Gas rationing during WW2
What different people remember about gas rationing.
Re: gas rationing
"I have a photo of my wife's grandparents from 1942 in the US with their car. in the front windshield on the passenger side are two stickers that look about 3-4 inches square, a large "A" and "B" does anyone know if these are related to gas rationing during WWII
The stickers did have something to do with rationing, but I can't remember what it was.
In May of 1942, the U.S. Office of Price Administration (OPA) froze prices
on practically all everyday goods, starting with sugar and coffee. War
Ration Books were issued to each American family, dictating how much any one
person could buy. The first nonfood item rationed was rubber.
The Japanese had seized plantations in the Dutch East Indies that produced
90% of America's raw rubber. President Franklin D. Roosevelt called on
citizens to contribute scrap rubber, "old tires, old rubber raincoats,
garden hose, rubber shoes, bathing caps.". The OPA established the Idle
Tire Purchase Plan, and could deny Mileage Rations to anyone owning
passenger tires not in use. The national maximum "Victory Speed" was 35
miles an hour. "Driving clubs" or carpools were encouraged. A magazine ad
declared, "Your Car is a War Car Now."
Gasoline was rationed on May 15, 1942 on the east coast, and nationwide that
December. The OPA issued various stickers to be affixed to the car's
windshield, depending on need. To get your classification and ration
stamps, you had to certify to a local board that you needed gas and owned no
more than five tires.
The 'A' sticker was issued to owners whose use of their cars was
nonessential. Hand the pump jockey your Mileage Ration Book coupons and
cash, and she (yes, female service station attendants) could sell you three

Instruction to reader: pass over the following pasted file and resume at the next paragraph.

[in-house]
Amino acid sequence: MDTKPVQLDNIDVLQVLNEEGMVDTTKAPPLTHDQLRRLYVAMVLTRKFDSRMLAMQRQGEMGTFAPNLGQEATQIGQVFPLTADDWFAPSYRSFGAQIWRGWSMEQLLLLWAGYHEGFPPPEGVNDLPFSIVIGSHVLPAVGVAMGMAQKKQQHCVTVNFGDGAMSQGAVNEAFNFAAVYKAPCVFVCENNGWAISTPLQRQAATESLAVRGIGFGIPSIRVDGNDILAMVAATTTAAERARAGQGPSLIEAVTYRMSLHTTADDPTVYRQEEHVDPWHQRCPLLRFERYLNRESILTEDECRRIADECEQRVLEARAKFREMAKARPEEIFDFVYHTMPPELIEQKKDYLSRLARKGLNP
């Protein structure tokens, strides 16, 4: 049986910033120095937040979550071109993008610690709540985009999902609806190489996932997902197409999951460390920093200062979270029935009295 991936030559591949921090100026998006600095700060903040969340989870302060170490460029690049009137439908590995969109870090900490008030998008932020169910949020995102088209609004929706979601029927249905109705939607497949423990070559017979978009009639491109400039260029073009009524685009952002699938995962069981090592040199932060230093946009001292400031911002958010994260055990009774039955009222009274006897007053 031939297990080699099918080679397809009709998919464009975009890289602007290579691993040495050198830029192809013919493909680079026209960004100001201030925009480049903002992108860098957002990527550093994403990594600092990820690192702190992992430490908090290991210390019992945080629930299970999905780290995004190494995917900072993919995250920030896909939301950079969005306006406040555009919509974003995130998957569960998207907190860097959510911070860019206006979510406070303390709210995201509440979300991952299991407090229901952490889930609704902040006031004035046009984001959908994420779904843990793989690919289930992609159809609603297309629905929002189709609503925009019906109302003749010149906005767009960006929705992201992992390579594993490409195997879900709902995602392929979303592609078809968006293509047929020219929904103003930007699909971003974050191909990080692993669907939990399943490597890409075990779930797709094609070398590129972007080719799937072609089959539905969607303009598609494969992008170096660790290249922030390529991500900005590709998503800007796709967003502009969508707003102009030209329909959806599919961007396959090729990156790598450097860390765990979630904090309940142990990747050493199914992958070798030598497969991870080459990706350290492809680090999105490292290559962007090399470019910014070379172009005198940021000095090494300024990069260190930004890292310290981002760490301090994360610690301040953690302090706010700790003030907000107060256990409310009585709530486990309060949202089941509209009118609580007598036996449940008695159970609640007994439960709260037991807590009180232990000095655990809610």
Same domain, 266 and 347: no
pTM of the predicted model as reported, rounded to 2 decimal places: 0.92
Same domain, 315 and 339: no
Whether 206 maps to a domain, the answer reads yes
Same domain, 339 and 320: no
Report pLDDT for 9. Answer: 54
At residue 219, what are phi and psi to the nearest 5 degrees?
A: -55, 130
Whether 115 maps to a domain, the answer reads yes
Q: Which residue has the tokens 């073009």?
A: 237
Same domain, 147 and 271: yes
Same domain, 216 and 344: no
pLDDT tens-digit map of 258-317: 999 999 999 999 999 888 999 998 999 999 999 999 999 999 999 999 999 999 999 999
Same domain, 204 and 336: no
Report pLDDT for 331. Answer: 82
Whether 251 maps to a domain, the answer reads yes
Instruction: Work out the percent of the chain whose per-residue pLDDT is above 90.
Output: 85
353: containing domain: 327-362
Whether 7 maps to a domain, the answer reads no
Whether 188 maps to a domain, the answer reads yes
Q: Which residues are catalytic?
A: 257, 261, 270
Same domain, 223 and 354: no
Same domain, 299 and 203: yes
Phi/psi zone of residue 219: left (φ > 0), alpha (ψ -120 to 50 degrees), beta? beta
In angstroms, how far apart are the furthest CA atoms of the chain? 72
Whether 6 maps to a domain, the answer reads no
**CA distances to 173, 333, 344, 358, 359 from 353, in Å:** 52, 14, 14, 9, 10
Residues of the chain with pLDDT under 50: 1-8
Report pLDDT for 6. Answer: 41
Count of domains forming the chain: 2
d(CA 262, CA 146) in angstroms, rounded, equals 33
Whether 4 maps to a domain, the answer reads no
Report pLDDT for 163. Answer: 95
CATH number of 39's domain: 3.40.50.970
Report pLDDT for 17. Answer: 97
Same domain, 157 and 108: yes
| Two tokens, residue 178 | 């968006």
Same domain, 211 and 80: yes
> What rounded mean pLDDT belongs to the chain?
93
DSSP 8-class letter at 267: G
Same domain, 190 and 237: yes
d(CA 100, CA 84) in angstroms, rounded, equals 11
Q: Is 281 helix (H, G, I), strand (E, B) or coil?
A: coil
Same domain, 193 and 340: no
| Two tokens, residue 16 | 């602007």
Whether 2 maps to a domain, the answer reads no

or four gallons a week, no more. For nearly a year, A-stickered cars were
not to be driven for pleasure at all.
The green 'B' sticker was for driving deemed essential to the war effort;
industrial war workers, for example, could purchase eight gallons a week.
Red 'C' stickers indicated physicians, ministers, mail carriers and railroad
workers, and incidentally were the most counterfeited type. 'T' was for
truckers, and the rare 'X' sticker went to Members of Congress and other
by Paul DeLucchi
Marilynn--I'm THAT old but I couldn't remember all of that. I was too
interested in soldiers at the local Army Camp
Subject: Gas rationing
Another group of vehicles that had T stickers were buses. I remember
seeing them on the buses in Philadelphia. My father-in-law had a C
sticker, because he was a safety inspector, and had to cover territory
all the way from Pennsylvania to Missouri. My father had an A sticker,
which was enough to get us to church and for him to go airplane spotting
on the roof of a local hospital every Wednesday morning. (I was always
crushed that he didn't spot anything, but the implications of his
actually seeing an enemy plane never occurred to me.) Unfortunately the
car was used so little it had to be hand cranked every time, which was a
bad thing for a man with a major heart problem. So we had to get rid of
it -- which did not hurt the war effort at all.
Re: gas rationing
Hello list , And I have heard that at the end of the ' war ' there was
Warehouses Full of that kind of stuff , Collected and never used !!!
Another scam on the Sheep /Public , nothing but a Feel good effort
Phil , who is older that dirt !!!!
For those of us, like Phil, who are "older than dirt" the question of gas
rationing prompts many memories of the civilian effort during WW 2.
Living in close proximity to the ocean, the headlights of the car had to be
diminished by using black tape across the top. Air Raid warnings (my Dad was
an Air Raid Warden) meant closing all the curtains in your house, dousing the
lights and gathering in one room until the "All Clear" sounded. In addition
to rationing, any scrap metal was melted down, including the wrought iron
fence around our church which went for the war effort.
Those of us who lived during that time surely recall the "Victory Gardens"
and the lack of butter...we used something akin to lard into which a pellet of
yellow food coloring was dropped and mixed...NOT even close to the real thing!
We saved tins of grease which we took to the local grocer and, as I recall,
they were redeemed for food stamps.
As a school child, I participated in a program called "Write a Fighter Corps"
designed to boost morale with the military and every school day started with